“We must devote ourselves to prayer. For prayer is like the leader of the chorus of virtues. Through it we ask for the other virtues from God. . . . what pleases God is the rejecting of all idleness of thought and every improper attention to the body in order to deliver the soul over to prayer. . . . In prayer, a person is present with God, for the person who prays is separated from the enemy. Prayer safeguards self-control, controls the temper, restrains pride, cleanses us of malice, overthrows envy, destroys injustice and corrects impiety. Prayer is the strength of our bodies, the prosperity of the home, the good will of the city, the strength of the kingdom, the victory in war, the security of peace, the bringing together of enemies, the preserver of allies. Prayer is the seal of virginity, the pledge of marriage, the shield of the traveler, the guard of those who sleep, the courage of those who keep watch, the productivity of farmers, the deliverance of sailors . . . Prayer is conversation with God, the contemplation of unseen things, the fulfillment of things desired, equal in honor with the angels, the progress of good things, the overthrow of evils, the correction of sinners, the enjoyment of the present and the substance of things hoped for.” – Gregory of Nyssa, @385 A.D.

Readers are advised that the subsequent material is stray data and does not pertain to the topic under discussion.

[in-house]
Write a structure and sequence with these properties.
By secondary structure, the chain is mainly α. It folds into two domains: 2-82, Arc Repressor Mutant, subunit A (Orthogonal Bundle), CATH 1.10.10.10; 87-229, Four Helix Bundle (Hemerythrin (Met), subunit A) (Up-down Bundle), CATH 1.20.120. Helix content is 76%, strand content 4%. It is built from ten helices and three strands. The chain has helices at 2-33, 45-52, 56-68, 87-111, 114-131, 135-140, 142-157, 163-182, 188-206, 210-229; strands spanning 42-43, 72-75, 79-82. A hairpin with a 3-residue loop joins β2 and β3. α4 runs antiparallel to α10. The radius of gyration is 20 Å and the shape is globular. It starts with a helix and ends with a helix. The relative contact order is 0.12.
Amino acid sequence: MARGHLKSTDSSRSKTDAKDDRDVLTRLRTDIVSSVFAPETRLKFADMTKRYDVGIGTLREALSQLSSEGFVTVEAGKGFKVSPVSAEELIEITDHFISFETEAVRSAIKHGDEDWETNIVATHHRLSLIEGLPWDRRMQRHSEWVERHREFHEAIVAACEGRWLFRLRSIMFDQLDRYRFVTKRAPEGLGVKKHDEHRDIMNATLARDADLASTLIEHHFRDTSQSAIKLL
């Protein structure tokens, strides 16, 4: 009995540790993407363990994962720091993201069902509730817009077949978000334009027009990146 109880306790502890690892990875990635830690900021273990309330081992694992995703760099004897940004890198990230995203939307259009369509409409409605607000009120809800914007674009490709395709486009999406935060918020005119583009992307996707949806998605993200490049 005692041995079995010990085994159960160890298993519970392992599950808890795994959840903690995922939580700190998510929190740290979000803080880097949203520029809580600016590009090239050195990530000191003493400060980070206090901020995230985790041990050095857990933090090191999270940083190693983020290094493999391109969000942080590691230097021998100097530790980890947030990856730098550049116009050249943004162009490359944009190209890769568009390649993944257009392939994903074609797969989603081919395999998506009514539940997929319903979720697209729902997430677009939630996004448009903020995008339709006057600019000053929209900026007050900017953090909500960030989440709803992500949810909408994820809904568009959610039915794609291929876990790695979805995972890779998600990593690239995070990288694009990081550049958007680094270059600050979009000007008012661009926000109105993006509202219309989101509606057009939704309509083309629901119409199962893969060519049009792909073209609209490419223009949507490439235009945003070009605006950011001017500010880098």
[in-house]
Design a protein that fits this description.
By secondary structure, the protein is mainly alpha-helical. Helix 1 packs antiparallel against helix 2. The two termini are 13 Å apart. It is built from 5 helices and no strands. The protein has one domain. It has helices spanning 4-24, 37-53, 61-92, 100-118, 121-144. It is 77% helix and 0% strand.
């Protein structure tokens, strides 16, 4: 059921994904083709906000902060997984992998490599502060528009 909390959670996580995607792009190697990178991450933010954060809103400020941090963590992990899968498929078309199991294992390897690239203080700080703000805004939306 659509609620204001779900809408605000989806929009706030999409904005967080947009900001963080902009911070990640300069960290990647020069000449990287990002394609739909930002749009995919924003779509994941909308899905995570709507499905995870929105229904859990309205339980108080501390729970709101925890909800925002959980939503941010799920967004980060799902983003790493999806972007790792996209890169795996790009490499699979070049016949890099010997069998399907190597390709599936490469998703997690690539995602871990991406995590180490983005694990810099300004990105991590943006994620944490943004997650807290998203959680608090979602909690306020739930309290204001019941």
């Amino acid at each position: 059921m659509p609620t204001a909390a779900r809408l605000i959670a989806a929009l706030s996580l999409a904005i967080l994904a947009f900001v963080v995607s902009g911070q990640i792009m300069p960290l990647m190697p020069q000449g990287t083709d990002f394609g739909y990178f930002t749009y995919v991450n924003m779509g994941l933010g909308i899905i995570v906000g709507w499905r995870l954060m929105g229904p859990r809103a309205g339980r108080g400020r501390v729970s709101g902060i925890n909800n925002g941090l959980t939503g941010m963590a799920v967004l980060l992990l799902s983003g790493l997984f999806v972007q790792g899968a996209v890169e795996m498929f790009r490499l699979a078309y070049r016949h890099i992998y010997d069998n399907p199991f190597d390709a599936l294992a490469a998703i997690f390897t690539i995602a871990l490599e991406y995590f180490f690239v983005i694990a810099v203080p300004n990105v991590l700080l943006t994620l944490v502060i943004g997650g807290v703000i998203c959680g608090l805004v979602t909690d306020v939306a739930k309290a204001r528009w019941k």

“There is no need to make long prayers, but extend your hands and say, ‘Lord, as you will and as you know, have mercy.’ If the conflict is urgent within you, say, ‘Lord, help me.’ He knows what is good for us, and he acts with mercy toward us.” – Macarius, @350 A.D.
Source: Inheriting Wisdom: Readings for Today from Ancient Christian Writers by Everett Ferguson, pp.248,250-251